N2 - This paper investigates the cost and incidence of Freedom of Information (FOI) requests within local authorities in Scotland and in particular, the cost and incidence of requests which have been defined as ‘vexatious’ in order to investigate if the negative perceptions surrounding the cost and misuse of the legislation are justified. Additionally, the criteria and guidelines that local authorities are using to define ‘vexatious’ are also examined. The approach taken to the research in this study is a survey of the 32 local authorities in Scotland using freedom of information requests as the data collection method. The findings from the survey revealed that none of the local authorities were keeping records of costs relating to FOI requests. However, 80% were keeping records of numbers of requests. One third of authorities that kept records of ‘vexatious’ requests had experienced such a request. However, the actual number of ‘vexatious’ requests received were extremely low. The findings highlight the difficulties in recording cost data and the general lack of record keeping within organisations. The findings also indicate a very low incidence of ‘vexatious’ requests and suggest that the ‘vexatious’ definition may be applied inappropriately by public authorities.

AB - This paper investigates the cost and incidence of Freedom of Information (FOI) requests within local authorities in Scotland and in particular, the cost and incidence of requests which have been defined as ‘vexatious’ in order to investigate if the negative perceptions surrounding the cost and misuse of the legislation are justified. Additionally, the criteria and guidelines that local authorities are using to define ‘vexatious’ are also examined. The approach taken to the research in this study is a survey of the 32 local authorities in Scotland using freedom of information requests as the data collection method. The findings from the survey revealed that none of the local authorities were keeping records of costs relating to FOI requests. However, 80% were keeping records of numbers of requests. One third of authorities that kept records of ‘vexatious’ requests had experienced such a request. However, the actual number of ‘vexatious’ requests received were extremely low. The findings highlight the difficulties in recording cost data and the general lack of record keeping within organisations. The findings also indicate a very low incidence of ‘vexatious’ requests and suggest that the ‘vexatious’ definition may be applied inappropriately by public authorities.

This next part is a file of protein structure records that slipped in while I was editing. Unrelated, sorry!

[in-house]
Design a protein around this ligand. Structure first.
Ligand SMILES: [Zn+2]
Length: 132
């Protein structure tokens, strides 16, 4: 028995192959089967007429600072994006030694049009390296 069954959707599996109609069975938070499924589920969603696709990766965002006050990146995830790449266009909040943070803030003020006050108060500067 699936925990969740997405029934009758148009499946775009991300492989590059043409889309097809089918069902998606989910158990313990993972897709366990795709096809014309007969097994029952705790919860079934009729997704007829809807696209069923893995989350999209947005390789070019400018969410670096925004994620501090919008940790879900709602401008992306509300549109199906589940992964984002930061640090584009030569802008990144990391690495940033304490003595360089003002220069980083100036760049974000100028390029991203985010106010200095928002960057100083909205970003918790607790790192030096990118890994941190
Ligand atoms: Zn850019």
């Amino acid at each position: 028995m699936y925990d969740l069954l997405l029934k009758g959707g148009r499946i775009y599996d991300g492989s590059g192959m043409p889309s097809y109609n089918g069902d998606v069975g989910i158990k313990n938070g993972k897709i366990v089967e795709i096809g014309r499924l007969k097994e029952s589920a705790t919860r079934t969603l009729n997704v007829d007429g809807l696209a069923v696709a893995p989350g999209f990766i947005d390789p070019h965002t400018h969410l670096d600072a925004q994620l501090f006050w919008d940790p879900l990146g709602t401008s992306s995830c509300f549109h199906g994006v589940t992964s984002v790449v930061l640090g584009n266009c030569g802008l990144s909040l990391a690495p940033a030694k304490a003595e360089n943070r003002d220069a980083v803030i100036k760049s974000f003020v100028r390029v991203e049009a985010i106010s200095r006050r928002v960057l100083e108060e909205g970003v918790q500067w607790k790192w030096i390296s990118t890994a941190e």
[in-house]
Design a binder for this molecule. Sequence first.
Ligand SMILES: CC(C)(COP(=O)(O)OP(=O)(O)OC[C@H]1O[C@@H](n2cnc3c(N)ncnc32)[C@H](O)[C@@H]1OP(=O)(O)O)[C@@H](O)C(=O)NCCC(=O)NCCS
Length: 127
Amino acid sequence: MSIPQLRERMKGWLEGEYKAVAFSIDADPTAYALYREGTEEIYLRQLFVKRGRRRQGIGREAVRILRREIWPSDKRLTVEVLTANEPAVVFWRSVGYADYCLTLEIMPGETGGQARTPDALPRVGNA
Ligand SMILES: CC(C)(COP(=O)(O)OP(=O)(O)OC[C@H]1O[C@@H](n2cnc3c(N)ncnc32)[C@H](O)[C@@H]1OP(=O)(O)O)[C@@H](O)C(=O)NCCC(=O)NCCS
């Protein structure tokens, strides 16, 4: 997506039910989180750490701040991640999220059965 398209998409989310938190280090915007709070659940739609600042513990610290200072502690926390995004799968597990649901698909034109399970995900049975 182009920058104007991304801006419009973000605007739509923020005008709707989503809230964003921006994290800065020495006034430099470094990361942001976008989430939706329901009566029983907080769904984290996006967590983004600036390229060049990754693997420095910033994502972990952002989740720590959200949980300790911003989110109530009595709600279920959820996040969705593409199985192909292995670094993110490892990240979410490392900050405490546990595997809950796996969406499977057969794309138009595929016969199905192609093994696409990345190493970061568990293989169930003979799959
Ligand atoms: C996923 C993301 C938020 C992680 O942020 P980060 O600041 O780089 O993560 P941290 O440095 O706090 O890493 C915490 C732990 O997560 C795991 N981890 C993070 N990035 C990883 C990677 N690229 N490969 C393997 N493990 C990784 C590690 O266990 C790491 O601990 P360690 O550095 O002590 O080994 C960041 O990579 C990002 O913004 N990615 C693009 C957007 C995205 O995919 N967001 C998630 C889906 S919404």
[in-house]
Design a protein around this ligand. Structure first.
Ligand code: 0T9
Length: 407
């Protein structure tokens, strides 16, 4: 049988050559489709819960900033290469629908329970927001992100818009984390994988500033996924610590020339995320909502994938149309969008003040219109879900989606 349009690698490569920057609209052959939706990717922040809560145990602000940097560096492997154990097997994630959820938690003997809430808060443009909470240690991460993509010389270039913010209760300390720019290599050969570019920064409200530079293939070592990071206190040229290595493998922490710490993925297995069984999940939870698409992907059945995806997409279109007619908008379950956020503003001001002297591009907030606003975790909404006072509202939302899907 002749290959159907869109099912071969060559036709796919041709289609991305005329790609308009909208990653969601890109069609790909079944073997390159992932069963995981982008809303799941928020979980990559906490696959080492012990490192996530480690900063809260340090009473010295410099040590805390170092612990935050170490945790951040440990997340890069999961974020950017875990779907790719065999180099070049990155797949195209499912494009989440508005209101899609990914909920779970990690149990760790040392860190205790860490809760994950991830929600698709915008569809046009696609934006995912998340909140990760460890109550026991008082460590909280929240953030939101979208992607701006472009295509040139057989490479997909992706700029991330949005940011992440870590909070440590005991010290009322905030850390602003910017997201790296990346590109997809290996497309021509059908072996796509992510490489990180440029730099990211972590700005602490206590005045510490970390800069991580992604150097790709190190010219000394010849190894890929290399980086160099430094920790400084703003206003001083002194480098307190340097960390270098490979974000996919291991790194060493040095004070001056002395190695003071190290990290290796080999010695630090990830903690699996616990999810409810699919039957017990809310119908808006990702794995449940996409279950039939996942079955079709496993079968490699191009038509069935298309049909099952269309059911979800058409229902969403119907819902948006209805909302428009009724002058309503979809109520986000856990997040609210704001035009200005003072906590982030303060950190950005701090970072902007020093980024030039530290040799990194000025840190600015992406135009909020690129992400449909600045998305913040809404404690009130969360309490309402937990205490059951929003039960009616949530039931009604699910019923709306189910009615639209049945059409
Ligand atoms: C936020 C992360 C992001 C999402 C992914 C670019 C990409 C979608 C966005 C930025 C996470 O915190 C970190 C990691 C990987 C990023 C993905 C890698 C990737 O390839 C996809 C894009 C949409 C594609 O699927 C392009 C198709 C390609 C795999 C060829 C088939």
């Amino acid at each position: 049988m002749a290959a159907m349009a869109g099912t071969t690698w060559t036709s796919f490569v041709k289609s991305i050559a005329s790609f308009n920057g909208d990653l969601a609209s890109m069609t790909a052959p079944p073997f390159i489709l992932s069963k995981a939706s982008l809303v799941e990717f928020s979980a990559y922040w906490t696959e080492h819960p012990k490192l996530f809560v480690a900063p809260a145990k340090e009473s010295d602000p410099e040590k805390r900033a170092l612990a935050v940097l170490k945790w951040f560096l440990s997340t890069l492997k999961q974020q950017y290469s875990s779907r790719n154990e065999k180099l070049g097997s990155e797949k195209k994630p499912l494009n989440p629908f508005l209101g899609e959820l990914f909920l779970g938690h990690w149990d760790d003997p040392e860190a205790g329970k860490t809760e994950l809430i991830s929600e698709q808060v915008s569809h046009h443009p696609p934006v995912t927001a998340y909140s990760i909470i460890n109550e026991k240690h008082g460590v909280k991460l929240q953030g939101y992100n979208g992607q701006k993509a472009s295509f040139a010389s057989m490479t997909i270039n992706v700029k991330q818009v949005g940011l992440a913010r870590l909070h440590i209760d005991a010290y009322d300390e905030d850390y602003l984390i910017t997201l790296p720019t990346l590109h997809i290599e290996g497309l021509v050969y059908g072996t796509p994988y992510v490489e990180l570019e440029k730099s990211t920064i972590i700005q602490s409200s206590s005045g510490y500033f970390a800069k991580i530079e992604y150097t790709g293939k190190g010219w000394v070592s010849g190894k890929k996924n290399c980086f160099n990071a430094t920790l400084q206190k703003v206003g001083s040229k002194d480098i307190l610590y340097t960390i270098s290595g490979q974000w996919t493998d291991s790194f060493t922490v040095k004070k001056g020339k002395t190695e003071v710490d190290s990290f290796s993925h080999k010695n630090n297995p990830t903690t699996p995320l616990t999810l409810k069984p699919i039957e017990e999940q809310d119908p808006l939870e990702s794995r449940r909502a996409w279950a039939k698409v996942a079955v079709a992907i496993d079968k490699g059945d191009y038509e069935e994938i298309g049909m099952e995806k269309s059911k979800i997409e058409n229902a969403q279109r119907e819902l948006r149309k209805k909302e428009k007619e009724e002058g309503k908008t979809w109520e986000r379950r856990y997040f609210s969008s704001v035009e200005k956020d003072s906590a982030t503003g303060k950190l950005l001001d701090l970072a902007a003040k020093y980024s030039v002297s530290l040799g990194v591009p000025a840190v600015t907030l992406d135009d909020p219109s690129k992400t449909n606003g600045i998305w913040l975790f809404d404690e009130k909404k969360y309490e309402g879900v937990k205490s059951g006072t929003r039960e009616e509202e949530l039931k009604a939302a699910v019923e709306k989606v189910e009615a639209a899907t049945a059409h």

KW - exemptions

KW - freedom of information

KW - vexatious requests

U2 - 10.1016/j.giq.2013.02.004

DO - 10.1016/j.giq.2013.02.004

M3 - Article

VL - 30

SP - 257

EP - 266

JO - Government Information Quarterly

T2 - Government Information Quarterly

JF - Government Information Quarterly

SN - 0740-624X

IS - 3

ER -